Instead of conveying a message of American interest in and commitment to the civil and political conditions in the three nations, Obama has conveyed only a narrow interest in combating the drug trade. The governments in the Northern Triangle have had to fend for themselves, and have largely reverted to their circumstances of 30-40 years ago: reeling back and forth between corrupt, defensive, autocratic rightist political factions and corrupt, predatory, vicious leftist political factions. Both sides are guilty of making deals with the devil: the criminal gangs.
The real consequences
Conditions now are quite possibly even worse for the Northern Triangle than they were 30 years ago. Venezuela today is a hugely negative and destabilizing factor for the entire region, which was not the case in the early 1980s. Another factor has metastasized in recent decades: the presence and influence of syndicate crime based outside the region, especially the Hezbollah-Iran link, which has a massive operational rear in the remote “Tri-Border” area of Brazil, Paraguay, and Argentina. Big chunks of Mexico are now under the sway of cartel thugs as well.
(See the list of additional readings at the end of the piece for background on all this.)
Less vulnerable Central American democracies like Colombia, Panama, and Costa Rica have been able to hold at bay the predations of largely-unchecked regional-scale crime, partly because of strong civil institutions and economies and partly because of favorable geography. But the Northern Triangle nations lie too conveniently on the path into Mexico, and have fewer resources for combating the attacks of predators – both criminal and political – who have access to bases outside their borders, and can’t be shut down solely with local, tactical defeats.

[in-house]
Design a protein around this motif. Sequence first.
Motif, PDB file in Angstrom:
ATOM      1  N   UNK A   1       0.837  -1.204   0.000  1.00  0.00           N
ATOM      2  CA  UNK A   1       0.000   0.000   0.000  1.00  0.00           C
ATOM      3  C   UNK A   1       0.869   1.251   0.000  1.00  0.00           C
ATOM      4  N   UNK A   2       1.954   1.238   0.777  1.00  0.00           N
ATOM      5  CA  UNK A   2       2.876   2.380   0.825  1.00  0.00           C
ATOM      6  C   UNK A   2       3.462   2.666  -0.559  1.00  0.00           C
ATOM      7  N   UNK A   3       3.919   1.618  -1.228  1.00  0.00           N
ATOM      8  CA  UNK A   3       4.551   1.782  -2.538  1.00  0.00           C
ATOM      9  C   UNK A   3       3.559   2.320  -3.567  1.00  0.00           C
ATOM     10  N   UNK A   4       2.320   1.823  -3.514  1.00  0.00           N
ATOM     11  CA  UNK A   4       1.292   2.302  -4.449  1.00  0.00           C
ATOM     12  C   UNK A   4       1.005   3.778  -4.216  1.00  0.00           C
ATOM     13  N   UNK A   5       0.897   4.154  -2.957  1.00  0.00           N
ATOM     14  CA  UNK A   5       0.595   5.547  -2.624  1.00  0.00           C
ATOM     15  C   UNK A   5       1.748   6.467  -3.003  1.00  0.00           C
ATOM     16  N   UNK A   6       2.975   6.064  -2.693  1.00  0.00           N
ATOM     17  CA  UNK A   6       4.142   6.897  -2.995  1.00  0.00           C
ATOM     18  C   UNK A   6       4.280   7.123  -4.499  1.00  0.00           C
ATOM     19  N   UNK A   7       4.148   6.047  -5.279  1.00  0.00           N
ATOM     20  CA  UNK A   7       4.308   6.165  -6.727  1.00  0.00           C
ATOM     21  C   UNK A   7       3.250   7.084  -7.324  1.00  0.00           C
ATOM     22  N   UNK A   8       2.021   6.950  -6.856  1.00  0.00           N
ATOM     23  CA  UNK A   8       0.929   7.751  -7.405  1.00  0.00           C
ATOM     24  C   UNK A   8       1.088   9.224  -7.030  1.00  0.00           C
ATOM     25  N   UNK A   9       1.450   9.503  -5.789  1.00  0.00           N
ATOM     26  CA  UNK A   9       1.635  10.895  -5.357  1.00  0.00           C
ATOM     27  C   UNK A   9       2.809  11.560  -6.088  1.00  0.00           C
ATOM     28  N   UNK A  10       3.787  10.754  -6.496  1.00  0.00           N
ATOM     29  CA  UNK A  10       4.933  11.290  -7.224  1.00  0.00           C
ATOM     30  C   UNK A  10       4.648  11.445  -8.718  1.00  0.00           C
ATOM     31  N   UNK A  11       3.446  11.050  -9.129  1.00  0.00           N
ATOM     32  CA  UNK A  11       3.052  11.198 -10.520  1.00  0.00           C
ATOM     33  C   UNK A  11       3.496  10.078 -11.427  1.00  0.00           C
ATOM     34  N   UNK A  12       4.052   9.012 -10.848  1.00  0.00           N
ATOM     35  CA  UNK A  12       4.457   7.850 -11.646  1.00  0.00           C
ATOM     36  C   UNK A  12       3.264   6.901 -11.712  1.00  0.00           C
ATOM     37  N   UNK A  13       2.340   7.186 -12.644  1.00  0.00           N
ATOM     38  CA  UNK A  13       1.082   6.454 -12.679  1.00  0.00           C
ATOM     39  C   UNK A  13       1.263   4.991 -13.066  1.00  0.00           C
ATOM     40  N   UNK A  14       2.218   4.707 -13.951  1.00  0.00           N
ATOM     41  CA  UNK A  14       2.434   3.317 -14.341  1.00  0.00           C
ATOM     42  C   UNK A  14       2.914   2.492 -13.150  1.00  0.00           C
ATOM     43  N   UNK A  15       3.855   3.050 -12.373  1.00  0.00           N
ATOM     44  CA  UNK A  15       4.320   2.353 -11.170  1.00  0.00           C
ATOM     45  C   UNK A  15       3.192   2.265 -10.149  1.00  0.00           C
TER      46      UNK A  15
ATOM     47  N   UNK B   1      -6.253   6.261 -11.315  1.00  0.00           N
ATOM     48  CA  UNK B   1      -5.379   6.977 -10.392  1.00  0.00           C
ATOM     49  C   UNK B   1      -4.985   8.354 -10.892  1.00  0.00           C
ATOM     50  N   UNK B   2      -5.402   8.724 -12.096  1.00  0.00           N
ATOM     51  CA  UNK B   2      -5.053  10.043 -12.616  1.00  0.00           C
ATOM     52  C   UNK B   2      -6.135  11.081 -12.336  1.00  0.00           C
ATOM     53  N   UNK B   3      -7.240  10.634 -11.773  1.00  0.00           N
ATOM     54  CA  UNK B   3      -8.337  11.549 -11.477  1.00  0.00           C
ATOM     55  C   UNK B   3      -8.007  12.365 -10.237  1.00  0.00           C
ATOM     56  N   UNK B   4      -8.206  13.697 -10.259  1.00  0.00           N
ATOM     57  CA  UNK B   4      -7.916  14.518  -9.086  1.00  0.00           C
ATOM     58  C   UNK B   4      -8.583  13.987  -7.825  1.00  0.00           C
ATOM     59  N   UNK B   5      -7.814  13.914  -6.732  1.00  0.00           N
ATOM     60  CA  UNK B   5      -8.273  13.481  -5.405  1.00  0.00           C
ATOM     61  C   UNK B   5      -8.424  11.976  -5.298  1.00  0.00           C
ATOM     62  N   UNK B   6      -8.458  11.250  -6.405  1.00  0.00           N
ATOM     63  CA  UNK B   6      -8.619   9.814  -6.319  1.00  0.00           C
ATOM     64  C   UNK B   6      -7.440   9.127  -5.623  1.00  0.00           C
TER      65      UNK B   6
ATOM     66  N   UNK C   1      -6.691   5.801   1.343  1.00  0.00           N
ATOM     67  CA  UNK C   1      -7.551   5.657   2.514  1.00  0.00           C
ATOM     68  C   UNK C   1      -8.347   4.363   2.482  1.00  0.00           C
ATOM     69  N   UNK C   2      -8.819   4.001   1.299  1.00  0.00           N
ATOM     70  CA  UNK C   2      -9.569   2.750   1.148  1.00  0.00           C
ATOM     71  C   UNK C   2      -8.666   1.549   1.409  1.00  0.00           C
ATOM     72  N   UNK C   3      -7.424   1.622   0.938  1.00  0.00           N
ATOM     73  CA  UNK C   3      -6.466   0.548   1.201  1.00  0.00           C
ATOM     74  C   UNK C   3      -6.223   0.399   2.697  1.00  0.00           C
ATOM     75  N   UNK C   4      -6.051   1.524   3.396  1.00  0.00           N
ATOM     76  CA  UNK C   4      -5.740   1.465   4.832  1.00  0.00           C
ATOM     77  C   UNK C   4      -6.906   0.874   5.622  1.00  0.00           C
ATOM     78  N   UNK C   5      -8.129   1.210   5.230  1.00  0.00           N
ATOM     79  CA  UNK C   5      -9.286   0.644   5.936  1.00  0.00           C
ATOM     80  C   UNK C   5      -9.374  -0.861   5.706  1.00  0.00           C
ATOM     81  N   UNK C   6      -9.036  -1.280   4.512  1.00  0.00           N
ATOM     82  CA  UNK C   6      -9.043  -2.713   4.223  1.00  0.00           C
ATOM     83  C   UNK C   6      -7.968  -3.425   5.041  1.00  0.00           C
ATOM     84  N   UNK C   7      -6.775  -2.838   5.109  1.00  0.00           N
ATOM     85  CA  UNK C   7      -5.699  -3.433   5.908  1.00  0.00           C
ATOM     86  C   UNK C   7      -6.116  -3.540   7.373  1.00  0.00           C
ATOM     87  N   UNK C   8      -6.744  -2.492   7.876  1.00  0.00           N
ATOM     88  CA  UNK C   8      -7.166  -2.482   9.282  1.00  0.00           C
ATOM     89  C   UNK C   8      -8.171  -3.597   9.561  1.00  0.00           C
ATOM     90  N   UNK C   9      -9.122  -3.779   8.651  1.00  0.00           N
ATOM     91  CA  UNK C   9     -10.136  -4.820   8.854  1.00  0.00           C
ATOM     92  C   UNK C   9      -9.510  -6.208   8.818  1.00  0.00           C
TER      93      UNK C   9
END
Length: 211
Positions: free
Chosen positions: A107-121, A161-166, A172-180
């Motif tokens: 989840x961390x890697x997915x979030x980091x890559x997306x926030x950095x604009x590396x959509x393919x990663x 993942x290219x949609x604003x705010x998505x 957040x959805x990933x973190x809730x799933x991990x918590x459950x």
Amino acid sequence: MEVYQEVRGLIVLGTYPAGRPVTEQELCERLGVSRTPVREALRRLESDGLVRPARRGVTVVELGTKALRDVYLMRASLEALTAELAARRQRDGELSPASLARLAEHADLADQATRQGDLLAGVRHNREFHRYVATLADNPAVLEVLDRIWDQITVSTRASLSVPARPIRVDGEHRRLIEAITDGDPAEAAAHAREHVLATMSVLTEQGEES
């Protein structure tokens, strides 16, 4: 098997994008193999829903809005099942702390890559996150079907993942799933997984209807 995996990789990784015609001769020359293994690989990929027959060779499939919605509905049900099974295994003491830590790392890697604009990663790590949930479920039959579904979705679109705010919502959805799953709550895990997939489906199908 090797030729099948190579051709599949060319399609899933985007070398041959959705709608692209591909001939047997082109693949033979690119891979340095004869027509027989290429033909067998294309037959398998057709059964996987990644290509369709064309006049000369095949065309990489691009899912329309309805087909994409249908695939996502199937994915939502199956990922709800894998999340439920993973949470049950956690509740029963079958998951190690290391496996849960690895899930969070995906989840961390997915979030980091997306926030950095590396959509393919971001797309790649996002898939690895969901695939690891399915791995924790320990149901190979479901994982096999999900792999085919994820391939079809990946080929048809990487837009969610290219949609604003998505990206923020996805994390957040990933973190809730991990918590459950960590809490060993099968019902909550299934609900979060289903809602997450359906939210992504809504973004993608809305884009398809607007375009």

The impact on the people of Guatemala, El Salvador, and Honduras has been very real. Tegucigalpa has been the murder capital of the world since 2011, and reports abound of horrific conditions for civil life in much of each nation. Whole provinces have been effectively turned over to armed gangs that work for the cartels. The poor are especially hard-hit: unable to protect themselves, they are stolen from on a regular basis – held up at gunpoint for their vehicles, their savings, anything they have of value – so that to work to feed their families is merely to make themselves attractive targets.
Young boys are abducted from their families and forced into gangs; girls abducted and forced into prostitution. Fathers are murdered outright for failing to comply with gang orders. Many of the prisons are simply run by the gangs now; being jailed is too often a death sentence for the petty criminal, or – perhaps worse – a sentence of torture, rape, and enslavement.
Not every area is being actively run by the gangs, but the sheer number of people fleeing from the ones that are has overwhelmed the resources of the more functional areas in the Northern Triangle nations, as well as those of Mexico (and, to a lesser extent, the prosperous Central American nations of Costa Rica and Panama, which have also seen a rise in refugees).